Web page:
At the end of 2014, I decided that 2015 would be my year of reading diversely. I read books with non-white main characters, books about people with disabilities and illnesses, books about religious minority groups, books about immigrants, books about rich people and poor people, books set in high schools and retirement homes. I read a lot of historical fiction. I read a book set on every continent except South America (I couldn’t find an interesting one). I got into LGBT literature for the first time . . .
And I think I still failed at reading diversely. Here’s why:
For all of 2015, I tracked statistics about the books I read, but I didn’t pay much attention to the statistics until I put them into graphs at the end of the year. When I made my author nationality graph, I saw this:
|Other = Netherlands, South Korea, Norway|
Yeah, that doesn’t look very diverse, does it? Seventy-nine percent of the authors I read last year are from the US. I guess that makes sense because I live in the US, and English is the only language that I can read fluently. It’s really easy for me to find books by US authors.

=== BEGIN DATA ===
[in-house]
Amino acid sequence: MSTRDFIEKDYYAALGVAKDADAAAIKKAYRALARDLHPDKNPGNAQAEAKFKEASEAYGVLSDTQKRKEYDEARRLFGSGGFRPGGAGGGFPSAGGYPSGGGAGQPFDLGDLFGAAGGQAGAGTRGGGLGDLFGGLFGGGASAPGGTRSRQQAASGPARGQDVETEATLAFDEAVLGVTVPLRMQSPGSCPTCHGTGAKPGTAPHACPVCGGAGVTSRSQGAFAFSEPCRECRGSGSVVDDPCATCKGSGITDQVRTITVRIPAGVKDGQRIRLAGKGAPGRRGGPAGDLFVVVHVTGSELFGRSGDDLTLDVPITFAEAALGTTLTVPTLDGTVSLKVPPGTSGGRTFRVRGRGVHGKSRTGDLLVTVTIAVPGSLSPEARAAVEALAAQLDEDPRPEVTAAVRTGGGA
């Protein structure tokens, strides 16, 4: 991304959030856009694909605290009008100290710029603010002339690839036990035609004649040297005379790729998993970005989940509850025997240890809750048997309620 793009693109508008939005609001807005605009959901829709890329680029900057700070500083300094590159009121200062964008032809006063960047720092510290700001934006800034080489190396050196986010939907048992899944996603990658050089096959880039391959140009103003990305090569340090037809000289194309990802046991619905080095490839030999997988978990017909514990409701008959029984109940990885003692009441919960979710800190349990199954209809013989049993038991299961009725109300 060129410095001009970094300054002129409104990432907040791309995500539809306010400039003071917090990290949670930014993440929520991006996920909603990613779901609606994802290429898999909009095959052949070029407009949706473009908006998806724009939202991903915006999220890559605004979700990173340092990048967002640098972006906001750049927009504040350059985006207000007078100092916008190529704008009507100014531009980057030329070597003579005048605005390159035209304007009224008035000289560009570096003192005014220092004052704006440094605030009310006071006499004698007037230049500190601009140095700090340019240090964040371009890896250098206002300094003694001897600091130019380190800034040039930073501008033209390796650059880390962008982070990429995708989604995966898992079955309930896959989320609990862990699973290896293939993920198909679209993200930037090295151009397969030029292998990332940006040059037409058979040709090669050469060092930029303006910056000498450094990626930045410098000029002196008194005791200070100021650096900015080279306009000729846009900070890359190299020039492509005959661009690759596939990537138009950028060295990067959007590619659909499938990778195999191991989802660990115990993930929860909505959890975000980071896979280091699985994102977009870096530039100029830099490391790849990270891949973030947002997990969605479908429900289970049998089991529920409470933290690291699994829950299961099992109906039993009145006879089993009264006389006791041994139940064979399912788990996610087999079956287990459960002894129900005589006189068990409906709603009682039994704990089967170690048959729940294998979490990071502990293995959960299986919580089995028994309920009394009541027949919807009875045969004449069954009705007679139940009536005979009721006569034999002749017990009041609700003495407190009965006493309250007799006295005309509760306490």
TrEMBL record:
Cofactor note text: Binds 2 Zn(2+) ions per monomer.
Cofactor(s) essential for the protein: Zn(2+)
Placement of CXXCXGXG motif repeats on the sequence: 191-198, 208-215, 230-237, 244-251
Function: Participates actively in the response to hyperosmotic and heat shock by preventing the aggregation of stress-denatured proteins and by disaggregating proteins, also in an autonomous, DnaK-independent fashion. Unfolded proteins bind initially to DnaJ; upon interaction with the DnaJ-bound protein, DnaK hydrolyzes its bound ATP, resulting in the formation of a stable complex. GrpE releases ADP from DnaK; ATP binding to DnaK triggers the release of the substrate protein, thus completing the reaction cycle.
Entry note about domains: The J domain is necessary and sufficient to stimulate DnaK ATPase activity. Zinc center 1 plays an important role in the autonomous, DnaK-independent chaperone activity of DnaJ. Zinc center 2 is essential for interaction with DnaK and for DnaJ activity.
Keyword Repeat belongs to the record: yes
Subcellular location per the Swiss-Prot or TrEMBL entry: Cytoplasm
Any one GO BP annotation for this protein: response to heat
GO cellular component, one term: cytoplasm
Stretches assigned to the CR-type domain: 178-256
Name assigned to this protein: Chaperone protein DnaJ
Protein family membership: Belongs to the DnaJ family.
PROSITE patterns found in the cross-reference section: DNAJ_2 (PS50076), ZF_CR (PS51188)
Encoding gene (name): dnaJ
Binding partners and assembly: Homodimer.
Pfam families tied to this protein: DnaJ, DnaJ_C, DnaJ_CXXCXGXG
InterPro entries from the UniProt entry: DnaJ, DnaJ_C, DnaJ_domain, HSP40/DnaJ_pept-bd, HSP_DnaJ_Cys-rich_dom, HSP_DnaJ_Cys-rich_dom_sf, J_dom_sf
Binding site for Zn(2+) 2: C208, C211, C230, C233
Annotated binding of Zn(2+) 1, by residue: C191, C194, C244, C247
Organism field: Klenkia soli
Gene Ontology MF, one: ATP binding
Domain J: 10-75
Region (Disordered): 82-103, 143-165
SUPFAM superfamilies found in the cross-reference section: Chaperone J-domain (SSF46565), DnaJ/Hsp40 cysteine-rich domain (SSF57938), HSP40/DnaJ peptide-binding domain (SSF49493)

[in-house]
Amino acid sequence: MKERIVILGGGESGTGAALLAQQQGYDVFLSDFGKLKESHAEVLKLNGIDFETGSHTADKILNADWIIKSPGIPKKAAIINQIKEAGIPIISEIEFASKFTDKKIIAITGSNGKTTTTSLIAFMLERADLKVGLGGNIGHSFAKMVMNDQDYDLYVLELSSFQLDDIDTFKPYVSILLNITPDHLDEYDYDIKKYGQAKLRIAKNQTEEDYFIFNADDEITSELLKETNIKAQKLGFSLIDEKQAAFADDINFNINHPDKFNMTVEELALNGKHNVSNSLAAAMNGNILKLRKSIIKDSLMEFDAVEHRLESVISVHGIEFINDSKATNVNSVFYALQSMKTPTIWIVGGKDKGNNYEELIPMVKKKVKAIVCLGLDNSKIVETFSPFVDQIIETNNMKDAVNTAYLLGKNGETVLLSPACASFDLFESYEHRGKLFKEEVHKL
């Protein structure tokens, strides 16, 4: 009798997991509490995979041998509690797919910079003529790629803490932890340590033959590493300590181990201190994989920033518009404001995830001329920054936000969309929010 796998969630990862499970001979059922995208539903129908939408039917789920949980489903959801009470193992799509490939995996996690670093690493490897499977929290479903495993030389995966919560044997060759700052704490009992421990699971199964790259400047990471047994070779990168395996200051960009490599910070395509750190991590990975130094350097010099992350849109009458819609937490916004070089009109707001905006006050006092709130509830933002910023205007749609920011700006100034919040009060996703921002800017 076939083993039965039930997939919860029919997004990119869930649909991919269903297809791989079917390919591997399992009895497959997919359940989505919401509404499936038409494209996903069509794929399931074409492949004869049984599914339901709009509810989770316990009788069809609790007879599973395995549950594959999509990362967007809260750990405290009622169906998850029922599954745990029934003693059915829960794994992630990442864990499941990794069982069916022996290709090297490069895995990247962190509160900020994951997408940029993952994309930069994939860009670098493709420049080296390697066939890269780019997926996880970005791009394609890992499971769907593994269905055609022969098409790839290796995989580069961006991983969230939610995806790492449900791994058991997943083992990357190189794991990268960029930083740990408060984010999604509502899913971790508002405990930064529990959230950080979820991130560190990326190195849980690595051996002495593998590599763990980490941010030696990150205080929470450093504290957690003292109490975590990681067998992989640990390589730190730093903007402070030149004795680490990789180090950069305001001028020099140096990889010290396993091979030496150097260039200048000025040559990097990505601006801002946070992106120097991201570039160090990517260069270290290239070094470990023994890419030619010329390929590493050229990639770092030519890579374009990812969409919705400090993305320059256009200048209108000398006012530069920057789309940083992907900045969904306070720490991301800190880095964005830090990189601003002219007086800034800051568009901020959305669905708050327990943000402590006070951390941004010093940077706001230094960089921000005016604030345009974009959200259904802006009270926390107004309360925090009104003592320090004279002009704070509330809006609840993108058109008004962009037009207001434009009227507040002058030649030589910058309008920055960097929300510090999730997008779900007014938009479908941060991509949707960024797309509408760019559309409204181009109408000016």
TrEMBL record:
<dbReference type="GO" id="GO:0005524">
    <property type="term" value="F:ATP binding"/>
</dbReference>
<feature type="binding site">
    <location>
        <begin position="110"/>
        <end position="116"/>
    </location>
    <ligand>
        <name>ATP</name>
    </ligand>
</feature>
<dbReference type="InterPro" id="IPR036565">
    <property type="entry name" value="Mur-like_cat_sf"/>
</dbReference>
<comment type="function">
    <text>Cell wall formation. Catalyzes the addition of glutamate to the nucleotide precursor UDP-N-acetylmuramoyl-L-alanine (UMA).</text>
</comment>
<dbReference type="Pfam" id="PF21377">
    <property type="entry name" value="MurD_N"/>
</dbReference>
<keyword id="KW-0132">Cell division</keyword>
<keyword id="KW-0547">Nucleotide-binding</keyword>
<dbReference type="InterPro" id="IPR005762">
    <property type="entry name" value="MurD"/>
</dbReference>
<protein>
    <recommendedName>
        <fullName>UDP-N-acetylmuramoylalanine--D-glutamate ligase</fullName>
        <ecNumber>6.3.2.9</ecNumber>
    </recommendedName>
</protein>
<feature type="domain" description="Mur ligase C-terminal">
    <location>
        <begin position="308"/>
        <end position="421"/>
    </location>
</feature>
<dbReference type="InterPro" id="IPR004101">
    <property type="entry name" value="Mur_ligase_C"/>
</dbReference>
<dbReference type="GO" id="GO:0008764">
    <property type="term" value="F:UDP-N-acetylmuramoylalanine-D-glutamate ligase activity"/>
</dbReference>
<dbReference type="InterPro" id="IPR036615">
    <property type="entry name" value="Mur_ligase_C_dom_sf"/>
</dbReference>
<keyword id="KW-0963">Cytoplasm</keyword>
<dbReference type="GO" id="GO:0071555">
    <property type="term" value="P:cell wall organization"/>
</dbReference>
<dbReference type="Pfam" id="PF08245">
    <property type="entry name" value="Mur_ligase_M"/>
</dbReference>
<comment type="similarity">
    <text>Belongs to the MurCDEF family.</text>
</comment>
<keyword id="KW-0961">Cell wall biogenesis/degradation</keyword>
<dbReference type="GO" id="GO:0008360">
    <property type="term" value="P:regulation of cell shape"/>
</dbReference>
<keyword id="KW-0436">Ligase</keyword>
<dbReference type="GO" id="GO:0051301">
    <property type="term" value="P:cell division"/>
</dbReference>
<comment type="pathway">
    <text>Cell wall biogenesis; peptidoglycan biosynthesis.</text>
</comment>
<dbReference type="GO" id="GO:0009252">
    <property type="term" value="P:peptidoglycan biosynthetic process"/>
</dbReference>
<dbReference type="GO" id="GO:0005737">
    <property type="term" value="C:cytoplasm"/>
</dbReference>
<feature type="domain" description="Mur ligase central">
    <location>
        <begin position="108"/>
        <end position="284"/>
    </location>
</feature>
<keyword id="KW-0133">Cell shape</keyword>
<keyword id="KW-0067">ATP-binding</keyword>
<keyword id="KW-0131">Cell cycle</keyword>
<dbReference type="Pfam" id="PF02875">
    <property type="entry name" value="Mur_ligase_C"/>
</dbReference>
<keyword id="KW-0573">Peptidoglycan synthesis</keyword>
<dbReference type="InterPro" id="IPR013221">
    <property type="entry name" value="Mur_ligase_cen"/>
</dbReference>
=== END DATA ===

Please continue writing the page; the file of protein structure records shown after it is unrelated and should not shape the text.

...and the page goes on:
However, reading so many books by US writers isn’t really diverse, in my opinion. Authors don’t write in a vacuum. They are influenced by the culture, ideas, history, art, media, politics, environment, etc. of the country where they live. I know that the US is a diverse place, but I’m betting that a lot of the authors I read have similar worldviews. The characters in the books are diverse, but how diverse are the ideas behind the characters? How much does an author’s nationality influence what he/she writes? Would a book be different if it were written by an author from a different national background?
I have no idea how to answer these questions, but I’m determined to read more international authors this year.
What do you think? Do you pay attention to the nationality of authors? Do you think an author’s nationality has any influence on what he/she writes?